A Beginner’s Guide to Deep Learning

Deep learning. By this point, we’ve all heard of it. It’s the magic silver bullet that can fix any complex problem. It’s the special ingredient that can take any bland or rudimentary analysis and create an immense five course meal of actionable insights. But, what is at the core of this machine learning technique? Is it truly something that all companies need to invest in? Will implementing it bring immediate business value and create forever-increasing ROI? Or, is this some type of elusive marriage masked by marketing hype? Before even considering these questions, we need to take a step back and accurately define what deep learning is.

What is Deep Learning?

From a practical standpoint, we can say that deep learning is a machine learning technique that aims to map a set of inputs to a set of outputs by utilizing a multi-layered neural network. This network tries to replicate the way the human brain processes information by learning from large amounts of example data. As information flows through the network, special attributes, called weights, are tweaked and updated during the training period to move the network into its most accurate state. One of the more basic types of neural networks, often called a feedforward network, is shown below.

Figure 1: A simple feedforward neural network comprised of 3 hidden layers. The input layer in blue relates to the features, or predictive variables. The output layer in green relates to the target variable, or dependent variable. Weights represented in black determine how much emphasis is given to the preceding layer’s information. Hidden layers in red are made up nodes, or units, that aggregate preceding layer information through a linear combination of weights and preceding nodal values.

The input layer is a collection of nodes, sometimes called units, that correspond to the features, or predictive variables, in the dataset. The output layer represents the target variable and can be multi-nodal, in the case of classification, or have a single node for regression. Layers that aren’t considered input or output layers are called hidden layers.

Each hidden layer in a neural network is made of special aggregation nodes that combine information from the preceding layers and help capture interactions between predictive variables. Information is passed sequentially from layer to layer using these aggregation nodes. Connections from each layer to the next are formed through the concept of weights (the black lines in teh above image). These weights indicate how strongly the information of the starting layer affects the nodal output at the aggregation layer.

This process of moving data through a network is often called forward propagation, or a forward pass. Neural networks make predictions by passing information sequentially through their layers and performing many matrix multiplication and aggregation operations. Once a prediction has been made, the network must determine the accuracy of its results. This is often done with the use of a loss function (sometimes called a cost function). The error in the network determined by the loss function is passed backward (propagated) into the network moving from the output layer toward the input layer. During this back propagation process, the gradients of each weight are calculated and used to update the network’s internal state. This update is performed in such a way that each weight will take a small, incremental step in the direction that yields the most accurate model. The images below show simplified versions of the forward propagation and backpropagation techniques.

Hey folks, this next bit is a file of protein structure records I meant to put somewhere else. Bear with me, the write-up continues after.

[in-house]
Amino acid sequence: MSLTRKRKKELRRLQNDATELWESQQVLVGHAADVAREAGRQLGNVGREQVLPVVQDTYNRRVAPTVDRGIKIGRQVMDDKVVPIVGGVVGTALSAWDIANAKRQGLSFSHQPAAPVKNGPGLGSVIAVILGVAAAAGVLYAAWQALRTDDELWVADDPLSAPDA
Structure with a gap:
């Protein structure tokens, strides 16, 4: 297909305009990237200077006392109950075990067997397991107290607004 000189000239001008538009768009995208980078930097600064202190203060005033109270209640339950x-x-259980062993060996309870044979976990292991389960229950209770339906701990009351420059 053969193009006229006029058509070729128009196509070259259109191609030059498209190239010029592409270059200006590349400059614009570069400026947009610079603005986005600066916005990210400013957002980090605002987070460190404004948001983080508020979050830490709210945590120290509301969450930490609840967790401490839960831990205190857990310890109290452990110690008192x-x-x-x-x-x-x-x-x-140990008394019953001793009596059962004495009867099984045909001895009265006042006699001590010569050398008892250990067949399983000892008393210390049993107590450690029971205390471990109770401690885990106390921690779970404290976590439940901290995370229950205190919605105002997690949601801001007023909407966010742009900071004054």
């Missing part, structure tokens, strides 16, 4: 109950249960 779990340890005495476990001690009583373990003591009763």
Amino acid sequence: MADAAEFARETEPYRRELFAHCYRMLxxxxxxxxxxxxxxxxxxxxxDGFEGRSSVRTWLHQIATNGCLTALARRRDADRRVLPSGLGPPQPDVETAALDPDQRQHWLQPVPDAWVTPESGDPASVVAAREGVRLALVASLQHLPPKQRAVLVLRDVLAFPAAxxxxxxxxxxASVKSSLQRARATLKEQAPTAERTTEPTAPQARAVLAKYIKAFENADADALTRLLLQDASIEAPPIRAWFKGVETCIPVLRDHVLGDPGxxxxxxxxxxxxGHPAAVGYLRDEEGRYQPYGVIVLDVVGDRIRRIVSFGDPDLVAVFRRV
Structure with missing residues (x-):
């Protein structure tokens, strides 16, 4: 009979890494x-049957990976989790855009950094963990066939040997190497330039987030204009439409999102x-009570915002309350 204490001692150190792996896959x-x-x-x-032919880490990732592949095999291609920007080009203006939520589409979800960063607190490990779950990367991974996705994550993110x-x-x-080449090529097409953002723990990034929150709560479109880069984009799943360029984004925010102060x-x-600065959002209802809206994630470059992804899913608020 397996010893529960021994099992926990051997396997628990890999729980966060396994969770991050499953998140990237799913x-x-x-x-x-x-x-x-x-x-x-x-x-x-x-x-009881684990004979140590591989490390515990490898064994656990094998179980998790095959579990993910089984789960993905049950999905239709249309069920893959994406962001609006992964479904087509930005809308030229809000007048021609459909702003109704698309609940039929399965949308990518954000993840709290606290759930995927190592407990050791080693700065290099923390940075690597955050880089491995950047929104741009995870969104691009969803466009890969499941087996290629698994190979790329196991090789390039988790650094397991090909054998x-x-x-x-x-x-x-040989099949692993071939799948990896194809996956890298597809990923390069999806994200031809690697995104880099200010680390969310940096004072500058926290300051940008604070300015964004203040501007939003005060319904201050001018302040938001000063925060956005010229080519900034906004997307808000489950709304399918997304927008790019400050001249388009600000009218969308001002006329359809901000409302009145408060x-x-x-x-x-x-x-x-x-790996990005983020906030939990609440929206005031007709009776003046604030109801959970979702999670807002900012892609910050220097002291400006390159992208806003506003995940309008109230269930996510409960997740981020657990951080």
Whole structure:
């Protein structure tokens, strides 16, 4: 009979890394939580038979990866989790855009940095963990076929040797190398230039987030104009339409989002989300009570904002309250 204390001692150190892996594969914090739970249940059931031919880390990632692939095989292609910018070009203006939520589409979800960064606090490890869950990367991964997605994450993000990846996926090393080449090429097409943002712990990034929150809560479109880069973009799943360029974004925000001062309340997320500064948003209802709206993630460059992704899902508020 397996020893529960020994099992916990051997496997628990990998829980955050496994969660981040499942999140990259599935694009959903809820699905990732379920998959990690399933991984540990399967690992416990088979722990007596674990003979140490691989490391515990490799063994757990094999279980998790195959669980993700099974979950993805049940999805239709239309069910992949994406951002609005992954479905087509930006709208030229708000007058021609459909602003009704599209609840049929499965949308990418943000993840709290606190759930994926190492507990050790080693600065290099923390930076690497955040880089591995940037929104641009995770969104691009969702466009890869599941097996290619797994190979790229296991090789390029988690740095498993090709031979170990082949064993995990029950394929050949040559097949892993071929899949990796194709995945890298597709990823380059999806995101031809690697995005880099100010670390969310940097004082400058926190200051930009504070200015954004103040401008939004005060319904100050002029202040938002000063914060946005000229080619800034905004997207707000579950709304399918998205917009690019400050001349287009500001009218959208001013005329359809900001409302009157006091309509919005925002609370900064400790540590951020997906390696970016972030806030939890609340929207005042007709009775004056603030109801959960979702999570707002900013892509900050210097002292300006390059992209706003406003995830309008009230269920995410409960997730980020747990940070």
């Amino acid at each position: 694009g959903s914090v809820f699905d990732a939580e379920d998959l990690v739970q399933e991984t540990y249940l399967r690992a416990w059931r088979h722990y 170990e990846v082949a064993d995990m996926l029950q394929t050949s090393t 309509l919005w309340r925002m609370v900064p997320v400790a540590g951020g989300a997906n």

Figure 2 (left): Simplified example of a forward pass in a neural network. Forward propagation is used to create a prediction in neural networks by passing information sequentially from the input layer, through all hidden layers, and ending with the output layer. Internal nodal values for hidden layers are determined by the aggregation operations performed during the forward pass.

Figure 2 (right): Simplified example of backpropagation in a neural network. Once a forward pass has been performed, and internal nodal values are calculated, the error associated with the network’s prediction can be evaluated via a loss function. This error can be used to calculate gradients of each weight within the network and update each weight to move the network to the most accurate state possible.

One of the more powerful aspects of neural networks is their unique ability to capture non-linearity in datasets. This is done through an attribute called an activation function. In the previous examples, the aggregation points of a layer were described as a linear combination of weights and preceding layer information. Having a network defined in this way is completely fine — if the relationship between features and weights is always linear. Activation functions are applied to network layers with hopes of capturing non-linearity in the data. An example of one of the most popular activation functions, ReLU (rectified linear unit), is shown below.

Figure 3: Simple example of one of the most popular activation functions, the rectified linear unit (ReLU), acting on a single hidden layer within a neural network.

Notice that the ReLU activation function is applied to all nodes in the hidden layer, after aggregation has been performed. The resulting nodal values are transformed based on the activation function and will be used by proceeding layers for additional aggregation operations. There are many activation functions that can be used in neural network designs (tanh, relu, elu, sigmoid, softmax). The important thing to remember is that these activation functions allow networks to capture non-linear trends in data.

While having the ability to capture non-linearity is a powerful attribute of deep learning models, perhaps the most distinguishing feature of these models from other machine learning approaches is their ability to perform feature extraction on their own.